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Prof. Jacek Jania, President, Committee on Polar Research, Polish Academy of Science
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Image by Polish Institute of International Affairs
Conference: A MORE ACCESSIBLE ARCTIC: MYTHS, FACTS AND ISSUES AHEAD

On 1 March 2011 Embassy of Embassy of Canada to Poland and the Polish Institute of International Affairs organized a conference devoted to Arctic region.

“This half-day conference brought together Polish and Canadian Arctic experts and decision
makers to support and consider the emerging discussion in Poland on this important region.

Poland has been a distinguished member of the Arctic research community and a prominent
Observer State of the Arctic Council since its inception. While to Canadians the Arctic is home,
and to Polish researchers it is a challenging but familiar workplace, to much of the international
community and indeed Polish society it remains relatively unknown or misunderstood. Far from
being a ‘wild west’ frontier as it is sometimes portrayed, the Arctic is a well-governed and
thriving homeland to numerous indigenous communities with enormous development potential.

Canada’s vision for the Arctic is that of a stable region with clearly defined boundaries, dynamic
economic growth and trade, vibrant Northern communities, and healthy and productive
ecosystems. The Arctic Council is for Canada the well-established and principal forum for
international cooperation in these areas. Poland’s vision of the Arctic is similar, as an observer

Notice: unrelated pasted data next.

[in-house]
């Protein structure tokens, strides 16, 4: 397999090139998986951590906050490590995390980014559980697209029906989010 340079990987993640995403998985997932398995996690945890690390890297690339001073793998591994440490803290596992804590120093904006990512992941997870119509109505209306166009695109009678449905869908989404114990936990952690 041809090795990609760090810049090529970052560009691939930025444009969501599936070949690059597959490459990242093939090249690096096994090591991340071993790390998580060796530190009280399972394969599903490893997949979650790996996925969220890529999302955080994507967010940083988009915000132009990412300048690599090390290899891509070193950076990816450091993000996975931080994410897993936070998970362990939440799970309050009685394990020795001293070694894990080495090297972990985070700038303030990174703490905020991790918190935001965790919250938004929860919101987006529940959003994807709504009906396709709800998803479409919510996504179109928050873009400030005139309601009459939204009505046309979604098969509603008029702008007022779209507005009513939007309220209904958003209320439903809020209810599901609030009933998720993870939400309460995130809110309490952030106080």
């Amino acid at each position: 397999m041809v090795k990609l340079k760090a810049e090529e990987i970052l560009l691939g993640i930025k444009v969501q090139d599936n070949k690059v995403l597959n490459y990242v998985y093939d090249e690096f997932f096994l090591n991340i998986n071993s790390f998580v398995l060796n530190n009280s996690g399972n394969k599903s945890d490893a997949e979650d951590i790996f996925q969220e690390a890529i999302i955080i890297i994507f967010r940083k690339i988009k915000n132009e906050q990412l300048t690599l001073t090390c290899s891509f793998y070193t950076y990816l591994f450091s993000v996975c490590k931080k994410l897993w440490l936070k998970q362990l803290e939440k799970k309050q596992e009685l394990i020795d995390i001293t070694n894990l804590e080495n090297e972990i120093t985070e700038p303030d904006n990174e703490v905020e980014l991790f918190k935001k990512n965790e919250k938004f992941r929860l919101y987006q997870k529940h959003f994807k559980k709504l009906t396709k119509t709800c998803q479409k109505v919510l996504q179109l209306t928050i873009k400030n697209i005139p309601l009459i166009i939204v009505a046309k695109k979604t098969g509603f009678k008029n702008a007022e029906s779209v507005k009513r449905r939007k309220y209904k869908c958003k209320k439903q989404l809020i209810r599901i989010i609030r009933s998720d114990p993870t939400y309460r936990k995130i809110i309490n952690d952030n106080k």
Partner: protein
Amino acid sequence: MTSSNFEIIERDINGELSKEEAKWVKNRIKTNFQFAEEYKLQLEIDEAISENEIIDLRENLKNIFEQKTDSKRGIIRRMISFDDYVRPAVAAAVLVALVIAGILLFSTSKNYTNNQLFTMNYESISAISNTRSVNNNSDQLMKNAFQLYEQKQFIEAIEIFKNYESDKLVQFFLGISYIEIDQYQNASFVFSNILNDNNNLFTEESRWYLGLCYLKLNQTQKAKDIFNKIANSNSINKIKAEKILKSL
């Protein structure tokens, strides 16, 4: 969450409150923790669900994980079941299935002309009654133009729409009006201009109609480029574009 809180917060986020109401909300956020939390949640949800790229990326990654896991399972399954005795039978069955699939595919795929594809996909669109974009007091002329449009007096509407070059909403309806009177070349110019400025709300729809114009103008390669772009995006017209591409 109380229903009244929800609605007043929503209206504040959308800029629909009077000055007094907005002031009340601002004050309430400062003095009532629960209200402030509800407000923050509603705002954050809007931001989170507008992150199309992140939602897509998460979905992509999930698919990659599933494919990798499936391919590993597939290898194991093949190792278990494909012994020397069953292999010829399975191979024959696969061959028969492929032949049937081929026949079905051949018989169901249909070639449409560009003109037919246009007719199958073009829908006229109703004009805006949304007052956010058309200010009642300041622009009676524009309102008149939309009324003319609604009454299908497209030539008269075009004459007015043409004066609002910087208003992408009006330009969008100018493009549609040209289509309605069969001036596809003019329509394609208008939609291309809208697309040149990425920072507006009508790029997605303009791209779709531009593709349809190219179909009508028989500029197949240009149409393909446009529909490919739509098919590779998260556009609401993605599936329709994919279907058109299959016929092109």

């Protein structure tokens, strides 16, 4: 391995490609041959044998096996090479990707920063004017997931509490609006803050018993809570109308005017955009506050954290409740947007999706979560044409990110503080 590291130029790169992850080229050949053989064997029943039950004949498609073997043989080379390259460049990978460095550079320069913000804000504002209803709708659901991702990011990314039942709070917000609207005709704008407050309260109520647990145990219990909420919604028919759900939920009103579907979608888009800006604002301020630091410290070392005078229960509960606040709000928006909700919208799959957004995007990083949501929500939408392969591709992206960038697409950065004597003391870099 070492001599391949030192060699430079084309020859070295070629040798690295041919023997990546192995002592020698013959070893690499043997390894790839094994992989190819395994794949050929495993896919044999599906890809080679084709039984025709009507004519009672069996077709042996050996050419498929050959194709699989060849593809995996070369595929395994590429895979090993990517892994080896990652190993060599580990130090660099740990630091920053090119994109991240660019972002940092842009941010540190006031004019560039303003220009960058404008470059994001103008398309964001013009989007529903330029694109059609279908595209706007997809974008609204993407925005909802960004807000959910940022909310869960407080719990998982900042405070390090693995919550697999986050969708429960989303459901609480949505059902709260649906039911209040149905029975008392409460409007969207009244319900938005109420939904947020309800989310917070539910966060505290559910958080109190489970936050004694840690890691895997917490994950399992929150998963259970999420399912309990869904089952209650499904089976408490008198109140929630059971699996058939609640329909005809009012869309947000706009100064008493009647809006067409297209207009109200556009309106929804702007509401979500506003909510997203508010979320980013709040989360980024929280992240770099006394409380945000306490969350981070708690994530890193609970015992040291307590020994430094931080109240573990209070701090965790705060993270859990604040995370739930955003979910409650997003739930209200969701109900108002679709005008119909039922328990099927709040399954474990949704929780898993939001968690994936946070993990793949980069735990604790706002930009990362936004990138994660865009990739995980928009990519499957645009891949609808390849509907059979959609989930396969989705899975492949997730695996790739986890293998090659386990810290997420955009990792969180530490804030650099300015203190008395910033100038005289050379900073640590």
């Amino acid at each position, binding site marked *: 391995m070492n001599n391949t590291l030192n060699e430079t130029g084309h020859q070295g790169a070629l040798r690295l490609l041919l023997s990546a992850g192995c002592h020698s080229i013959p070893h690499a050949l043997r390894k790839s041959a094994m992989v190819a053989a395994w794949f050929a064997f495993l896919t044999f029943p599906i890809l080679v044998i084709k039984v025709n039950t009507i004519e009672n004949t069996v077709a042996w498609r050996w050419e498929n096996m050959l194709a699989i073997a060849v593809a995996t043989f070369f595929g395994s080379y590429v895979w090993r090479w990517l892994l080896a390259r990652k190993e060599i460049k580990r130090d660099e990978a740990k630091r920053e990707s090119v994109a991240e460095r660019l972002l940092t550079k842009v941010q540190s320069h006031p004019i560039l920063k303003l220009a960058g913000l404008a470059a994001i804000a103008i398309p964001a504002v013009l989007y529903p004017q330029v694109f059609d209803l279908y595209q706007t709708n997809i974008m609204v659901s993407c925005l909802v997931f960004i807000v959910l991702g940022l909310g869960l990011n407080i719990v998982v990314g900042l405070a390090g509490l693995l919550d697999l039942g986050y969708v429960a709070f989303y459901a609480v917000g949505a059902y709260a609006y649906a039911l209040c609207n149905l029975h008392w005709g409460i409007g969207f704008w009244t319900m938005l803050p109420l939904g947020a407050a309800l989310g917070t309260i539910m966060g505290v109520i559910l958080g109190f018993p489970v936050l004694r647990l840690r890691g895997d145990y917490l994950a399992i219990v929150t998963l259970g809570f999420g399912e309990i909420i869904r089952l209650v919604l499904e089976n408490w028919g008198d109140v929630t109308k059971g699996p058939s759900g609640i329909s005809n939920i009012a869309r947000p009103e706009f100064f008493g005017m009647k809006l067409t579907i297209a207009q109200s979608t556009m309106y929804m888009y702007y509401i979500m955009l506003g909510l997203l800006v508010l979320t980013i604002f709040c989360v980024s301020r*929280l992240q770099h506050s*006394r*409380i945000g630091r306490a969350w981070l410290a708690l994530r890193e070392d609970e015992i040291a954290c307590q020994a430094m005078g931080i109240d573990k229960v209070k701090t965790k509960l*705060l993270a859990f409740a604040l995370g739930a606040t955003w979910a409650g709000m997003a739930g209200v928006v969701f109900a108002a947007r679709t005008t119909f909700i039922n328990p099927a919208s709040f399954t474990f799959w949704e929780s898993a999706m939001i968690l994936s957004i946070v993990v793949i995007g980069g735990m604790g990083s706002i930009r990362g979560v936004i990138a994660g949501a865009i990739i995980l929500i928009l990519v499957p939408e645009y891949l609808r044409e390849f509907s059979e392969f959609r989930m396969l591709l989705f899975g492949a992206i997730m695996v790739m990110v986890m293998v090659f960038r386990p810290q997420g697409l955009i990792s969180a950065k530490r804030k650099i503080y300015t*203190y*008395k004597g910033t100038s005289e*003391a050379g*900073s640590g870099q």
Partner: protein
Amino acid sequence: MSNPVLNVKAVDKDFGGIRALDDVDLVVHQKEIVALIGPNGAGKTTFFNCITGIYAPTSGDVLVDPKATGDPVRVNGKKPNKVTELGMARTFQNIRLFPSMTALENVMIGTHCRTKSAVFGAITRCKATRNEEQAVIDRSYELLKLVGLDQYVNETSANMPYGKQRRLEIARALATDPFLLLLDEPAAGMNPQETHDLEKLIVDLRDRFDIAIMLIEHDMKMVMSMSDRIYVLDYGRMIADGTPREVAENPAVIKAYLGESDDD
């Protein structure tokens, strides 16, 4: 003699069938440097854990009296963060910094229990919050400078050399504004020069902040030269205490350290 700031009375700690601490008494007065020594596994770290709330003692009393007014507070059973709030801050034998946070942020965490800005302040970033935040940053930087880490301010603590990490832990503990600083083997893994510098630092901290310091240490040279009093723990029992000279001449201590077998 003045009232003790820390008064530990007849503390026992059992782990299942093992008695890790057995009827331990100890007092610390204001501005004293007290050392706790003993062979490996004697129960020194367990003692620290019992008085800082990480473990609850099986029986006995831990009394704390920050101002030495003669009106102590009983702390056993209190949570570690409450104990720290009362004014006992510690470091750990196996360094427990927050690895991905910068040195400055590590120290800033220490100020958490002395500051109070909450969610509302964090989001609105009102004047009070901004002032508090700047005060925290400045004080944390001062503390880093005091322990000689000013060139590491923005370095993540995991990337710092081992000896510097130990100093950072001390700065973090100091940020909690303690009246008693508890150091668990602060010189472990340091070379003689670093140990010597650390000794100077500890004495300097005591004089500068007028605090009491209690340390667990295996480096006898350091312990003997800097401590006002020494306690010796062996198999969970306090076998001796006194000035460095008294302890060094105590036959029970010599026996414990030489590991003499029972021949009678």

in the Arctic Council, which convenes and supports sustained dialogue and cooperation.

Canada, like Poland, has made a strong commitment to Arctic science—the foundation for sound
policy- and decision-making on the environment. Canada was the single largest financial
contributor to International Polar Year research activities and has announced the construction
of a state of the art international High Arctic research facility in Cambridge Bay, and Poland
maintains a world-class scientific research base in Spitsbergen. New opportunities and
challenges are emerging across the Arctic, in part as a result of climate change and the pursuit
of resources. While this may well support social and economic development, it may also bring
new environmental threats, search and rescue incidents, civil emergencies and, potentially
even illegal activity*”.

*Quote from conference’s agenda

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